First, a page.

Host discovery is a process of enumeration of live hosts. The quality and completeness of this process has a direct impact on the success of further attacks against the target network.
The standard approach to host discovery is based on an ICMP Echo message which is often ignored or blocked by cautious administrators. A variety of active techniques were developed to solicit a response from networked machines thus revealing their existence. In cases where stealth is necessary, this article will show you how to query third party services to produce a list of live hosts without sending a single packet directly to scanned systems.
A classical way to discover hosts on the network is to send ICMP Echo request (Type 8) which should prompt target hosts to respond with ICMP Echo reply messages. The communication looks something like this:
0.0.000000 192.168.1.100 -> 192.168.1.1 ICMP Echo (ping) request 0.0.002329 192.168.1.1 -> 192.168.1.100 ICMP Echo (ping) reply
It is common to use ICMP of different types such as Timestamp request (Type 13) and Address Mask request (Type 18) to produce responses from hosts which filter the standard ICMP Echo request:
0.000000 192.168.1.100 -> 192.168.1.1 ICMP Timestamp request 0.000539 192.168.1.1 -> 192.168.1.100 ICMP Timestamp reply
Unfortunately this method is not very reliable since a lot of the hosts and firewalls simply drop all ICMP packets.
TCP SYN Ping
One way to learn about live hosts is to send the first part of the three way handshake (SYN packet) to a range of hosts and record any replies. Since we can learn about host's existence from either open or closed TCP ports, we can increase the reliability of the scan by targeting a frequently opened port 80 and a frequently closed port 0.
The example below illustrates a SYN Ping targeting 192.168.1.1 on port 53.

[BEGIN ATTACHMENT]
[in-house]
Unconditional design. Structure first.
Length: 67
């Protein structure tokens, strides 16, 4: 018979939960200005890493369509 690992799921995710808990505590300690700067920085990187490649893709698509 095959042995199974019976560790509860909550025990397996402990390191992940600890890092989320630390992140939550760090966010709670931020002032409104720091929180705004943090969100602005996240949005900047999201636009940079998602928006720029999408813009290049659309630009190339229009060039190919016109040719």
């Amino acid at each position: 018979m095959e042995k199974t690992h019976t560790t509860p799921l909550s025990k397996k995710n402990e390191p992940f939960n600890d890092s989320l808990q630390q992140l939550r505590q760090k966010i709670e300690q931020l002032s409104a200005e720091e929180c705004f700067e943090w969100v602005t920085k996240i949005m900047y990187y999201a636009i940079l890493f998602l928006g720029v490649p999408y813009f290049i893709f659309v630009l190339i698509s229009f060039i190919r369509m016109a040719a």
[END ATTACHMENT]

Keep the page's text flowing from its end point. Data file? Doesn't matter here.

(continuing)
0.000000 192.168.1.100 -> 192.168.1.1 TCP 1243 > domain [SYN] Seq=0 Len=0 0.000461 192.168.1.1 -> 192.168.1.100 TCP domain > 1243 [RST, ACK] Seq=3538621942 Ack=1 Win=0 Len=0
Even with all closed ports, it is still possible to discover a live host.
TCP ACK Ping
ACK Ping works almost like the above SYN Ping, with the exception that it relies on an ACK packet instead. This method works by soliciting a RST response from a live host for either open or closed ports by sending it an ACK packet.
0.000000 192.168.1.100 -> 192.168.1.1 TCP 2903 > domain [ACK] Seq=0 Ack=0 Win=512 Len=0 0.000414 192.168.1.1 -> 192.168.1.100 TCP domain > 2903 [RST] Seq=0 Len=0
This method is effective for evading non-stateful firewalls.
TCP FIN, NULL, Xmas Ping
FIN, NULL and Xmas Pings work by generating a RST response for a closed port. Such pings must be sent to a known closed port to produce a reply such as port 0:
0.000000 192.168.1.100 -> 192.168.1.1 TCP 1624 > 0 [FIN] Seq=0 Len=0 0.000498 192.168.1.1 -> 192.168.1.100 TCP 0 > 1624 [RST, ACK] Seq=3959530871 Ack=1 Win=0 Len=0
UDP Ping works by producing an ICMP port unreachable error when attempting to communicate with a closed UDP port. Once again we will be using port 0:
0.000000 192.168.1.100 -> 192.168.1.1 UDP Source port: 1285 Destination port: 0 0.000733 192.168.1.1 -> 192.168.1.100 ICMP Destination unreachable (Port unreachable)
This method is highly effective for evading firewalls that do not filter UDP packets.
ARP Ping is a preferred host discovery method on a local Ethernet LAN, because it is faster and more reliable than approaches relying on protocols higher up in the networking stack. It works by sending ARP Probes to a range of IP addresses to discover live hosts.
221.788823 00:01:02:03:04:05 -> Broadcast ARP Who has 192.168.1.1? Tell 192.168.1.100 221.789179 00:06:07:08:09:10 -> 00:01:02:03:04:05 ARP 192.168.1.1 is at 00:06:07:08:09:10
IP Protocol Ping
This method attempts to solicit a host reply by sending raw IP packets with varying protocol id options:
0.680436 192.168.1.102 -> 192.168.1.1 ICMP Echo (ping) request 0.681045 192.168.1.102 -> 192.168.1.1 IGMP V1 Membership Query 0.681305 192.168.1.102 -> 192.168.1.1 IP [Malformed Packet] 0.684463 192.168.1.1 -> 192.168.1.102 ICMP Echo (ping) reply
While not very accurate, performing reverse DNS queries on a range of IP addresses is a very stealthy way to discover live hosts. It works by resolving a range of IP addresses hoping that successfuly resolved IPs have live systems bound to them.
This stealth host discovery method takes advantage of advanced search queries implemented by modern search engines. One particularly useful search query is ip: available on Bing.com which produces a list of websites running on a provided IP address. For example, ip:188.8.131.52 query will produce a list of CNN.com subdomains. By repeatedly quering a range of IP address, it is possible to discover live IPs with a running website.
Published on April 1st, 2009 by iphelix
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